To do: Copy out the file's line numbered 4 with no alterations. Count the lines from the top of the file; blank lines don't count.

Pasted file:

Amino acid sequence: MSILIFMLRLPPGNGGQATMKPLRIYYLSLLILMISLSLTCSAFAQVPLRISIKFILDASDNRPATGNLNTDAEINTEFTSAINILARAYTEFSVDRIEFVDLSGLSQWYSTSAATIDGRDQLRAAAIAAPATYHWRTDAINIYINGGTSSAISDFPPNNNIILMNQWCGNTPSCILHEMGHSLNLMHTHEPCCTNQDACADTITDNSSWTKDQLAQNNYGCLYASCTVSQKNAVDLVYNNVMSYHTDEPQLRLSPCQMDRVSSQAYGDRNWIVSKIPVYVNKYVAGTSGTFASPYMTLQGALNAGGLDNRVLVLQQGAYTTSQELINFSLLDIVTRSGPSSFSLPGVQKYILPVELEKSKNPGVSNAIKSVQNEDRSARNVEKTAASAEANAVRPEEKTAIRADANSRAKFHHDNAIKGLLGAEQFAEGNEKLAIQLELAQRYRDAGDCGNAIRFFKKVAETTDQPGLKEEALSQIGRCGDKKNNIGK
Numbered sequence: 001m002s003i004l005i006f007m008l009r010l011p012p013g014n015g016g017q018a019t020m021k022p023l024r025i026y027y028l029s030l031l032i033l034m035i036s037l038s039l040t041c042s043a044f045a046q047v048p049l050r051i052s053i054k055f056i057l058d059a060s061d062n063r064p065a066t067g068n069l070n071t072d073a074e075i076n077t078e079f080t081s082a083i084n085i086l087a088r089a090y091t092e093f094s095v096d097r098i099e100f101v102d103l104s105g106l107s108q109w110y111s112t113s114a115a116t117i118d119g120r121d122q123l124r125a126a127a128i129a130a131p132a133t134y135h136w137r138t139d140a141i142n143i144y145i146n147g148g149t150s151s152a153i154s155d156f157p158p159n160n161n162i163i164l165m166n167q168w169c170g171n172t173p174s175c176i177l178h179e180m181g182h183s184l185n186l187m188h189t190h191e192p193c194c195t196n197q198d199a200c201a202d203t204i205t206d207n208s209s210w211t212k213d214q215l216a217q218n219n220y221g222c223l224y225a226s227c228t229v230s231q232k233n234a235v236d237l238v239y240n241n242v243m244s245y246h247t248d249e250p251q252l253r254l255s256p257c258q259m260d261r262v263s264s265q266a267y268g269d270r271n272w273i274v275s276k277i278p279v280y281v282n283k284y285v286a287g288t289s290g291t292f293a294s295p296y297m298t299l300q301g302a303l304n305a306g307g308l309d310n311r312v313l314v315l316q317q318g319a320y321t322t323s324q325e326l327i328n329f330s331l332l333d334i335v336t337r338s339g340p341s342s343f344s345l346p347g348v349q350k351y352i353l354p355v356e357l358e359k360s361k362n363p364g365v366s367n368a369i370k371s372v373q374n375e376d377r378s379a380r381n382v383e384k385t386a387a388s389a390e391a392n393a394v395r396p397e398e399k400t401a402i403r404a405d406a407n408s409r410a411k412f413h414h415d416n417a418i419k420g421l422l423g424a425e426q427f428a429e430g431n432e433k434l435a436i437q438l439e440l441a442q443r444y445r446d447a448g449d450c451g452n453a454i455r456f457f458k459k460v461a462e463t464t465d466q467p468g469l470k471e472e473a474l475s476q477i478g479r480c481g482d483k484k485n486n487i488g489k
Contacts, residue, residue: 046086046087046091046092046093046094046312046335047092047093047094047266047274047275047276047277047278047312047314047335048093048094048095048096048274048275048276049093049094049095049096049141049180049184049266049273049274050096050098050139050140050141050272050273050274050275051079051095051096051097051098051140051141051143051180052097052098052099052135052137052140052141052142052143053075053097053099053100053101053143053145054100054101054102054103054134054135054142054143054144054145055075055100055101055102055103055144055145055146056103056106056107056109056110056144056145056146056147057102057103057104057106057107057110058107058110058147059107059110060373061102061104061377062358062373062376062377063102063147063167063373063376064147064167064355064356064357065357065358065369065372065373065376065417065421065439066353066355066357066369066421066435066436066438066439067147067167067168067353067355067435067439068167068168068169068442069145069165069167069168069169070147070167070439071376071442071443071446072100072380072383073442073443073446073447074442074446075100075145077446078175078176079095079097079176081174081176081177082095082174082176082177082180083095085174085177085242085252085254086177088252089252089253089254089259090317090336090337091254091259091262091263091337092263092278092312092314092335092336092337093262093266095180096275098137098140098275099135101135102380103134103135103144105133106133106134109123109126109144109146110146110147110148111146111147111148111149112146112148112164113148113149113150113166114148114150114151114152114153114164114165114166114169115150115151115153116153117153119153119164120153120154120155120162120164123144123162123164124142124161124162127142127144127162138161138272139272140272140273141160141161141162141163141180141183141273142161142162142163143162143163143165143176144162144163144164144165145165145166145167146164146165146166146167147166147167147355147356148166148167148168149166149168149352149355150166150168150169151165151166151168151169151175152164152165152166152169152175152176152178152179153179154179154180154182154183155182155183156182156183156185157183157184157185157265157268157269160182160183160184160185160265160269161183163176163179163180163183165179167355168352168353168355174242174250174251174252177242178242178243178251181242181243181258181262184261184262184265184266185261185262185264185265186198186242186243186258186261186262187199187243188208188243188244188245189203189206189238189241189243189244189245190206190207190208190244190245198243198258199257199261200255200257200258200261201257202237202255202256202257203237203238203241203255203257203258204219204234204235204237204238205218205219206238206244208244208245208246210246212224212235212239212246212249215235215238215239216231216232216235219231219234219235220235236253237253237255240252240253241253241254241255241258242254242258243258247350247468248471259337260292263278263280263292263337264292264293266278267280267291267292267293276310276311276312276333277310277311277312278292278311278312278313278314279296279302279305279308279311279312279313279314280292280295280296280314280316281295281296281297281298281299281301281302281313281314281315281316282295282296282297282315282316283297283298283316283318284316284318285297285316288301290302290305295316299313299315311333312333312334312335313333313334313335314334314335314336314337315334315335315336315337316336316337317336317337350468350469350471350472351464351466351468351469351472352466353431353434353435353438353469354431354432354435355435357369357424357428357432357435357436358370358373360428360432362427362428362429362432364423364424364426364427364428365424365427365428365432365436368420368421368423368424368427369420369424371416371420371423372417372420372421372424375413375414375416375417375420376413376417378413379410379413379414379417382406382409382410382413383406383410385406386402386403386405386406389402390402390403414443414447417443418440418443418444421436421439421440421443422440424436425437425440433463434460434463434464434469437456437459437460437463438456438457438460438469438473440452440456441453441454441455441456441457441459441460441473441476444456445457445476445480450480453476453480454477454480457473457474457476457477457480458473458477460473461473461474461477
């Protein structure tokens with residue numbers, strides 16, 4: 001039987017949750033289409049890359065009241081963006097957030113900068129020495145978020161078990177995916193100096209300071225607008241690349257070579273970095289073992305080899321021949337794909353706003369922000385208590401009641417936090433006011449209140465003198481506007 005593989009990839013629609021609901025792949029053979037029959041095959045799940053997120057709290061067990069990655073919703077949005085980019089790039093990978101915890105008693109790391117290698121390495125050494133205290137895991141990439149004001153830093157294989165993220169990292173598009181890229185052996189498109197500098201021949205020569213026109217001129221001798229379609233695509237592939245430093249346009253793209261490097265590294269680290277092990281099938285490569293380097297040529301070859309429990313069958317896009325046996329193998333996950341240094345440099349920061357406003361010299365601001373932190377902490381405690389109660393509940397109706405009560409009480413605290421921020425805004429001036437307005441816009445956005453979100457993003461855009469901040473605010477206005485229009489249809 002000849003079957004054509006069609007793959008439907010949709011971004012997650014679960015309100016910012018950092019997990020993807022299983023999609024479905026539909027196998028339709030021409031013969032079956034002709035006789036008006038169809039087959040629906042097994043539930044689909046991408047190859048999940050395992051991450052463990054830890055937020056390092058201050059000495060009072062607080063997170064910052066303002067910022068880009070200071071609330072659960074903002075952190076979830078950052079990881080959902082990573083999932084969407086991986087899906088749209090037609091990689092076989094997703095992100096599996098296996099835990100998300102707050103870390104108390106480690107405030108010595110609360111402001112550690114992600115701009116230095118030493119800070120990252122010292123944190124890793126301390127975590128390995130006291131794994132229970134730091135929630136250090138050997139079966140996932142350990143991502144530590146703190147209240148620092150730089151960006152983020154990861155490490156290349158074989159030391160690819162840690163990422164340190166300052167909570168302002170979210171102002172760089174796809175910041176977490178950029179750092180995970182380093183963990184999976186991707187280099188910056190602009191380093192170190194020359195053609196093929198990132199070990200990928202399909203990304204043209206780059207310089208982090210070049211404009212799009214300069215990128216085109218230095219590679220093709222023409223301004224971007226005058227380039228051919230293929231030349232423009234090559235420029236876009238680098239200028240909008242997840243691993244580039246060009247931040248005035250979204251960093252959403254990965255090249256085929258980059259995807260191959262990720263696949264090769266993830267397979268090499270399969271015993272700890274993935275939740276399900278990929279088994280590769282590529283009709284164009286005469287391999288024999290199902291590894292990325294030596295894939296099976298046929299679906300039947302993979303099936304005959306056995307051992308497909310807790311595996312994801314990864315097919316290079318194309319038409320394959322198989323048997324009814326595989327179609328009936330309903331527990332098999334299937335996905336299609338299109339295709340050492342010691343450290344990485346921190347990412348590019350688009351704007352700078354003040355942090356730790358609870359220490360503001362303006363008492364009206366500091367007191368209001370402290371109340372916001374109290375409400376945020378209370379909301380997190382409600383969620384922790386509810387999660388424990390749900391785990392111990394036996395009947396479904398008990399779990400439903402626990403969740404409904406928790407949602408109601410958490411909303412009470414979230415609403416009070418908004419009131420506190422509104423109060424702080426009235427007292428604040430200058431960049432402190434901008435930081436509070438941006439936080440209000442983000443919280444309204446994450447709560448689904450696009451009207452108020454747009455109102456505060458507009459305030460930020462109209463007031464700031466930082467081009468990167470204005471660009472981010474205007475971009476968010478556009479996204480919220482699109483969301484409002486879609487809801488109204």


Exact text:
């Protein structure tokens with residue numbers, strides 16, 4: 001039987017949750033289409049890359065009241081963006097957030113900068129020495145978020161078990177995916193100096209300071225607008241690349257070579273970095289073992305080899321021949337794909353706003369922000385208590401009641417936090433006011449209140465003198481506007 005593989009990839013629609021609901025792949029053979037029959041095959045799940053997120057709290061067990069990655073919703077949005085980019089790039093990978101915890105008693109790391117290698121390495125050494133205290137895991141990439149004001153830093157294989165993220169990292173598009181890229185052996189498109197500098201021949205020569213026109217001129221001798229379609233695509237592939245430093249346009253793209261490097265590294269680290277092990281099938285490569293380097297040529301070859309429990313069958317896009325046996329193998333996950341240094345440099349920061357406003361010299365601001373932190377902490381405690389109660393509940397109706405009560409009480413605290421921020425805004429001036437307005441816009445956005453979100457993003461855009469901040473605010477206005485229009489249809 002000849003079957004054509006069609007793959008439907010949709011971004012997650014679960015309100016910012018950092019997990020993807022299983023999609024479905026539909027196998028339709030021409031013969032079956034002709035006789036008006038169809039087959040629906042097994043539930044689909046991408047190859048999940050395992051991450052463990054830890055937020056390092058201050059000495060009072062607080063997170064910052066303002067910022068880009070200071071609330072659960074903002075952190076979830078950052079990881080959902082990573083999932084969407086991986087899906088749209090037609091990689092076989094997703095992100096599996098296996099835990100998300102707050103870390104108390106480690107405030108010595110609360111402001112550690114992600115701009116230095118030493119800070120990252122010292123944190124890793126301390127975590128390995130006291131794994132229970134730091135929630136250090138050997139079966140996932142350990143991502144530590146703190147209240148620092150730089151960006152983020154990861155490490156290349158074989159030391160690819162840690163990422164340190166300052167909570168302002170979210171102002172760089174796809175910041176977490178950029179750092180995970182380093183963990184999976186991707187280099188910056190602009191380093192170190194020359195053609196093929198990132199070990200990928202399909203990304204043209206780059207310089208982090210070049211404009212799009214300069215990128216085109218230095219590679220093709222023409223301004224971007226005058227380039228051919230293929231030349232423009234090559235420029236876009238680098239200028240909008242997840243691993244580039246060009247931040248005035250979204251960093252959403254990965255090249256085929258980059259995807260191959262990720263696949264090769266993830267397979268090499270399969271015993272700890274993935275939740276399900278990929279088994280590769282590529283009709284164009286005469287391999288024999290199902291590894292990325294030596295894939296099976298046929299679906300039947302993979303099936304005959306056995307051992308497909310807790311595996312994801314990864315097919316290079318194309319038409320394959322198989323048997324009814326595989327179609328009936330309903331527990332098999334299937335996905336299609338299109339295709340050492342010691343450290344990485346921190347990412348590019350688009351704007352700078354003040355942090356730790358609870359220490360503001362303006363008492364009206366500091367007191368209001370402290371109340372916001374109290375409400376945020378209370379909301380997190382409600383969620384922790386509810387999660388424990390749900391785990392111990394036996395009947396479904398008990399779990400439903402626990403969740404409904406928790407949602408109601410958490411909303412009470414979230415609403416009070418908004419009131420506190422509104423109060424702080426009235427007292428604040430200058431960049432402190434901008435930081436509070438941006439936080440209000442983000443919280444309204446994450447709560448689904450696009451009207452108020454747009455109102456505060458507009459305030460930020462109209463007031464700031466930082467081009468990167470204005471660009472981010474205007475971009476968010478556009479996204480919220482699109483969301484409002486879609487809801488109204």